Most of us know how difficult it is to make or maintain contact with the appropriate Gardaí involved in a case, especially if a client isn’t sure who it was they had spoken to, where they are based or when they are on duty. It seems that often the legal professions do not realise that the offender has special needs. The opportunity is missed at a crucial stage of the proceedings to establish links with the reliable informant/advocate who can assist with enquiries and support the client, clarifying his situation and needs. (I have had no females to date with alleged offences).
I have had experience in situations where clients have seen solicitors, but have been unable to do themselves justice in giving a true picture of their circumstances or history. I have personally had to attract attention from a judge in court, to intervene when a client just gave his status as ‘unemployed’, as those before him had done.
With one client who repeatedly re-offended and ended up in prison a number of times, I had the experience of working with a judge who at all times was interested, supportive, understanding, helpful and sympathetic. This was evident in her treatment of the individual, his family and the agencies involved—and in her explanations and enforcement of the law. This was a great learning experience and a true example of working in partnership for the benefit of all concerned.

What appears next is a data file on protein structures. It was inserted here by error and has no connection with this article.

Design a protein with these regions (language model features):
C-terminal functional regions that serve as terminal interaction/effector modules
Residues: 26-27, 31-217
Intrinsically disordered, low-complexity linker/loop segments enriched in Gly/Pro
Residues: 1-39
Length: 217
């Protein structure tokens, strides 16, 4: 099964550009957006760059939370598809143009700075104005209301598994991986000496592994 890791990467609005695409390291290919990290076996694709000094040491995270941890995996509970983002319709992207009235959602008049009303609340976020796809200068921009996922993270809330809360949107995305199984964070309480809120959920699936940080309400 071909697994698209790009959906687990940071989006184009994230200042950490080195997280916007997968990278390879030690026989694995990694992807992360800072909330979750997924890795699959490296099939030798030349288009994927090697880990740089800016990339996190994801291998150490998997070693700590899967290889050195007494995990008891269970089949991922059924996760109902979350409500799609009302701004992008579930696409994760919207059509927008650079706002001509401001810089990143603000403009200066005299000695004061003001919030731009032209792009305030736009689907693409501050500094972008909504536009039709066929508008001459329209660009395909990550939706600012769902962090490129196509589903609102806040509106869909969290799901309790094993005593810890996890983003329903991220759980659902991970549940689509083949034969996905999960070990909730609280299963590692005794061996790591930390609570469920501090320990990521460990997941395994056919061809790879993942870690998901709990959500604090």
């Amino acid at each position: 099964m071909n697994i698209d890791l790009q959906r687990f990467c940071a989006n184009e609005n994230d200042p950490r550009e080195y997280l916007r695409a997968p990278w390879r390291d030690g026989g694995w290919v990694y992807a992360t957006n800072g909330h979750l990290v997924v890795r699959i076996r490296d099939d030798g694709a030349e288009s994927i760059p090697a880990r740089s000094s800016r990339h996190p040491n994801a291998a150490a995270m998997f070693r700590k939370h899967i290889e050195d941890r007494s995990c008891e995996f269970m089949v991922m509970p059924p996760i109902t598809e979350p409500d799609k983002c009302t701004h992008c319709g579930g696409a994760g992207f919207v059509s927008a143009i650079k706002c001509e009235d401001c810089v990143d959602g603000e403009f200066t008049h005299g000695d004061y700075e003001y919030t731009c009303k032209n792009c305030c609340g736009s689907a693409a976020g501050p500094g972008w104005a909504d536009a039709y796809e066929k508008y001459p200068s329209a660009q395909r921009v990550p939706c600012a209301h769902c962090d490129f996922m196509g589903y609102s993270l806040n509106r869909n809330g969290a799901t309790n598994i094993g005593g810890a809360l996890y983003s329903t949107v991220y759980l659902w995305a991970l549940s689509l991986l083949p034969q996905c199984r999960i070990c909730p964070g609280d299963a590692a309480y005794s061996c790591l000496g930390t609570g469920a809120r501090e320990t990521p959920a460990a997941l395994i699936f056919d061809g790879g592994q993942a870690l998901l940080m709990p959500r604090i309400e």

I have worked with a number of clients who have committed offences while homeless. These have ranged from stealing, either to find food or to feed an addiction. I have had situations where young men have become aggressive or violent through fear or alcohol, and who have reacted inappropriately when confronted or ‘caught in the act’. One client was only apprehended when he tried to return a stolen Pass card to a handbag in a room, having tried the ATM with no success. On being seen to appear suspicious, he was chased by a security man. The subsequent chain of events might have been comical, except that he committed a number of other offences through his fear and aggression, as he tried to get out of the situation.
Homelessness is a contributing problem which needs to be addressed. If someone cannot avail of a suitable residential or day service, or opts out for whatever reason, he may very well need support in accessing generic services, such as housing and accommodation. The general system can be daunting and confusing, with red tape and complex criteria to be met. In my experience, many young men with a learning disability have lacked the necessary skills to negotiate with community welfare officers, local authorities or hostels.